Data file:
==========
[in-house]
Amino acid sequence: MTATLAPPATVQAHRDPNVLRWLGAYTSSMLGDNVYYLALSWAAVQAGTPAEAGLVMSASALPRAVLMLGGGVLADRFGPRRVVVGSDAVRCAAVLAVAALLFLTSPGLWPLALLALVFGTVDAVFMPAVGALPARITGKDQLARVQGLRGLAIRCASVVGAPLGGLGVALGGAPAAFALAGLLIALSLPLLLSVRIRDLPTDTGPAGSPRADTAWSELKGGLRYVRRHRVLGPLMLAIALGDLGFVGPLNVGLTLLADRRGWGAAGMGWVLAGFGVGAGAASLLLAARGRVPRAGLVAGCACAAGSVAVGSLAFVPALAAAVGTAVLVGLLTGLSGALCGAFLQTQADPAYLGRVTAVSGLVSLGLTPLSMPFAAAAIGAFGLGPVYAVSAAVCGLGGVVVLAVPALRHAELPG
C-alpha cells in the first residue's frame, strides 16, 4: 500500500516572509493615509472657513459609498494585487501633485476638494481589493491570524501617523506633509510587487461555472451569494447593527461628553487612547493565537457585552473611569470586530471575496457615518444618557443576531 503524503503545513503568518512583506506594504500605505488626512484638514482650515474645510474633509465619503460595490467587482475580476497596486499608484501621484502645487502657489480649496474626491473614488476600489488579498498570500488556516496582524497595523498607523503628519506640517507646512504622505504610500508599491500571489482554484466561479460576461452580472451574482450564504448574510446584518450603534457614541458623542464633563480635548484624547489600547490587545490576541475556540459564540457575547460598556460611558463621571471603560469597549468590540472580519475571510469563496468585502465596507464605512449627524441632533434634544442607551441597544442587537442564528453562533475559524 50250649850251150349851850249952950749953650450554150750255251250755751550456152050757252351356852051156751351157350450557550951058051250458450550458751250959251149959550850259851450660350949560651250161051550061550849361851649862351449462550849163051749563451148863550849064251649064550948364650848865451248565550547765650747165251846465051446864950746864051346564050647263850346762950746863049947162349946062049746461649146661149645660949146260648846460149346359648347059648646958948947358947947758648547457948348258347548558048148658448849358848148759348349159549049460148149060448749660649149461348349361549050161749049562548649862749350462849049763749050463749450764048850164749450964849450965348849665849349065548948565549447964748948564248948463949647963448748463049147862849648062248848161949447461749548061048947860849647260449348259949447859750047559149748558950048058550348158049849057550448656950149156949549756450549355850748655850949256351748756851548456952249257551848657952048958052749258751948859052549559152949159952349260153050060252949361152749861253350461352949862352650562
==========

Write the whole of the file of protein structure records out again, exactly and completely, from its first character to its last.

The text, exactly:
[in-house]
Amino acid sequence: MTATLAPPATVQAHRDPNVLRWLGAYTSSMLGDNVYYLALSWAAVQAGTPAEAGLVMSASALPRAVLMLGGGVLADRFGPRRVVVGSDAVRCAAVLAVAALLFLTSPGLWPLALLALVFGTVDAVFMPAVGALPARITGKDQLARVQGLRGLAIRCASVVGAPLGGLGVALGGAPAAFALAGLLIALSLPLLLSVRIRDLPTDTGPAGSPRADTAWSELKGGLRYVRRHRVLGPLMLAIALGDLGFVGPLNVGLTLLADRRGWGAAGMGWVLAGFGVGAGAASLLLAARGRVPRAGLVAGCACAAGSVAVGSLAFVPALAAAVGTAVLVGLLTGLSGALCGAFLQTQADPAYLGRVTAVSGLVSLGLTPLSMPFAAAAIGAFGLGPVYAVSAAVCGLGGVVVLAVPALRHAELPG
C-alpha cells in the first residue's frame, strides 16, 4: 500500500516572509493615509472657513459609498494585487501633485476638494481589493491570524501617523506633509510587487461555472451569494447593527461628553487612547493565537457585552473611569470586530471575496457615518444618557443576531 503524503503545513503568518512583506506594504500605505488626512484638514482650515474645510474633509465619503460595490467587482475580476497596486499608484501621484502645487502657489480649496474626491473614488476600489488579498498570500488556516496582524497595523498607523503628519506640517507646512504622505504610500508599491500571489482554484466561479460576461452580472451574482450564504448574510446584518450603534457614541458623542464633563480635548484624547489600547490587545490576541475556540459564540457575547460598556460611558463621571471603560469597549468590540472580519475571510469563496468585502465596507464605512449627524441632533434634544442607551441597544442587537442564528453562533475559524 50250649850251150349851850249952950749953650450554150750255251250755751550456152050757252351356852051156751351157350450557550951058051250458450550458751250959251149959550850259851450660350949560651250161051550061550849361851649862351449462550849163051749563451148863550849064251649064550948364650848865451248565550547765650747165251846465051446864950746864051346564050647263850346762950746863049947162349946062049746461649146661149645660949146260648846460149346359648347059648646958948947358947947758648547457948348258347548558048148658448849358848148759348349159549049460148149060448749660649149461348349361549050161749049562548649862749350462849049763749050463749450764048850164749450964849450965348849665849349065548948565549447964748948564248948463949647963448748463049147862849648062248848161949447461749548061048947860849647260449348259949447859750047559149748558950048058550348158049849057550448656950149156949549756450549355850748655850949256351748756851548456952249257551848657952048958052749258751948859052549559152949159952349260153050060252949361152749861253350461352949862352650562